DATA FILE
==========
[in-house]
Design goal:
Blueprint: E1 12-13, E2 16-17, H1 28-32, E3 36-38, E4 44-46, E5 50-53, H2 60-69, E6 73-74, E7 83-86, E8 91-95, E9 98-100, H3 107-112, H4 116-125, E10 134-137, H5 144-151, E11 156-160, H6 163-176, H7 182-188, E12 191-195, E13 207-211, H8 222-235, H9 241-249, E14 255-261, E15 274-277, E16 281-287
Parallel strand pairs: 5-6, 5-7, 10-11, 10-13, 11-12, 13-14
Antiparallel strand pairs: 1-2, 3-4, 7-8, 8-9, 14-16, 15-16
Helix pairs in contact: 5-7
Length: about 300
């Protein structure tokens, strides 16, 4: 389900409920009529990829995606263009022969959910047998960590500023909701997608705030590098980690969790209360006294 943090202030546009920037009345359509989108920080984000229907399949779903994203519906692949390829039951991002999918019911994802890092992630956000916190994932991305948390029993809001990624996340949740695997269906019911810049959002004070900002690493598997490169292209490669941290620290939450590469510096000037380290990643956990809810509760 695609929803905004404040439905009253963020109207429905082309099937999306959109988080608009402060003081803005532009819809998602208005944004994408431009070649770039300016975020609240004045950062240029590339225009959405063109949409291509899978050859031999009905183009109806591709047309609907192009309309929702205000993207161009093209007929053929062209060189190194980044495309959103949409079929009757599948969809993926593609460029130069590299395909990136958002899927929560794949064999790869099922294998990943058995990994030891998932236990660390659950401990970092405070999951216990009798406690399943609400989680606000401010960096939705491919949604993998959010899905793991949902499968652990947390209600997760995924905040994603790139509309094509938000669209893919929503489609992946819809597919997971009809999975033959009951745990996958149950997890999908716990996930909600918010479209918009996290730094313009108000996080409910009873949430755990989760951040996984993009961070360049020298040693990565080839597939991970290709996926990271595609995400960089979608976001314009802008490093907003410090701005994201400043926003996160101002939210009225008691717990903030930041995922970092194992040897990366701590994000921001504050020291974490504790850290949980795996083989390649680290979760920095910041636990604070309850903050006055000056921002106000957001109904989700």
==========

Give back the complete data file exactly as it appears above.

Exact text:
[in-house]
Design goal:
Blueprint: E1 12-13, E2 16-17, H1 28-32, E3 36-38, E4 44-46, E5 50-53, H2 60-69, E6 73-74, E7 83-86, E8 91-95, E9 98-100, H3 107-112, H4 116-125, E10 134-137, H5 144-151, E11 156-160, H6 163-176, H7 182-188, E12 191-195, E13 207-211, H8 222-235, H9 241-249, E14 255-261, E15 274-277, E16 281-287
Parallel strand pairs: 5-6, 5-7, 10-11, 10-13, 11-12, 13-14
Antiparallel strand pairs: 1-2, 3-4, 7-8, 8-9, 14-16, 15-16
Helix pairs in contact: 5-7
Length: about 300
């Protein structure tokens, strides 16, 4: 389900409920009529990829995606263009022969959910047998960590500023909701997608705030590098980690969790209360006294 943090202030546009920037009345359509989108920080984000229907399949779903994203519906692949390829039951991002999918019911994802890092992630956000916190994932991305948390029993809001990624996340949740695997269906019911810049959002004070900002690493598997490169292209490669941290620290939450590469510096000037380290990643956990809810509760 695609929803905004404040439905009253963020109207429905082309099937999306959109988080608009402060003081803005532009819809998602208005944004994408431009070649770039300016975020609240004045950062240029590339225009959405063109949409291509899978050859031999009905183009109806591709047309609907192009309309929702205000993207161009093209007929053929062209060189190194980044495309959103949409079929009757599948969809993926593609460029130069590299395909990136958002899927929560794949064999790869099922294998990943058995990994030891998932236990660390659950401990970092405070999951216990009798406690399943609400989680606000401010960096939705491919949604993998959010899905793991949902499968652990947390209600997760995924905040994603790139509309094509938000669209893919929503489609992946819809597919997971009809999975033959009951745990996958149950997890999908716990996930909600918010479209918009996290730094313009108000996080409910009873949430755990989760951040996984993009961070360049020298040693990565080839597939991970290709996926990271595609995400960089979608976001314009802008490093907003410090701005994201400043926003996160101002939210009225008691717990903030930041995922970092194992040897990366701590994000921001504050020291974490504790850290949980795996083989390649680290979760920095910041636990604070309850903050006055000056921002106000957001109904989700």